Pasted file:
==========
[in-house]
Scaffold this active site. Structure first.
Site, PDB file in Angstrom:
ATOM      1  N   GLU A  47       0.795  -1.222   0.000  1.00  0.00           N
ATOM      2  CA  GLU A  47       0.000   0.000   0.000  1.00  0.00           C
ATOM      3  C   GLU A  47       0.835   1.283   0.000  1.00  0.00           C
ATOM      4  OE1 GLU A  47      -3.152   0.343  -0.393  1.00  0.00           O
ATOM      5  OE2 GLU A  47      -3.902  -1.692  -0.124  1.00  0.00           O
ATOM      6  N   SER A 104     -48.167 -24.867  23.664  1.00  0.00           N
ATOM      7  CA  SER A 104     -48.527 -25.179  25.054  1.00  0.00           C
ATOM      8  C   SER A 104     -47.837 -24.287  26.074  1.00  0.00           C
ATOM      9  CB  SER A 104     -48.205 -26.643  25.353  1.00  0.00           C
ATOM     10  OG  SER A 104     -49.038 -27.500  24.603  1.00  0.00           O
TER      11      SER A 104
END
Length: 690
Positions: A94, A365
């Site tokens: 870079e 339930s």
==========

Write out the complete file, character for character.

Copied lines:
[in-house]
Scaffold this active site. Structure first.
Site, PDB file in Angstrom:
ATOM      1  N   GLU A  47       0.795  -1.222   0.000  1.00  0.00           N
ATOM      2  CA  GLU A  47       0.000   0.000   0.000  1.00  0.00           C
ATOM      3  C   GLU A  47       0.835   1.283   0.000  1.00  0.00           C
ATOM      4  OE1 GLU A  47      -3.152   0.343  -0.393  1.00  0.00           O
ATOM      5  OE2 GLU A  47      -3.902  -1.692  -0.124  1.00  0.00           O
ATOM      6  N   SER A 104     -48.167 -24.867  23.664  1.00  0.00           N
ATOM      7  CA  SER A 104     -48.527 -25.179  25.054  1.00  0.00           C
ATOM      8  C   SER A 104     -47.837 -24.287  26.074  1.00  0.00           C
ATOM      9  CB  SER A 104     -48.205 -26.643  25.353  1.00  0.00           C
ATOM     10  OG  SER A 104     -49.038 -27.500  24.603  1.00  0.00           O
TER      11      SER A 104
END
Length: 690
Positions: A94, A365
């Site tokens: 870079e 339930s």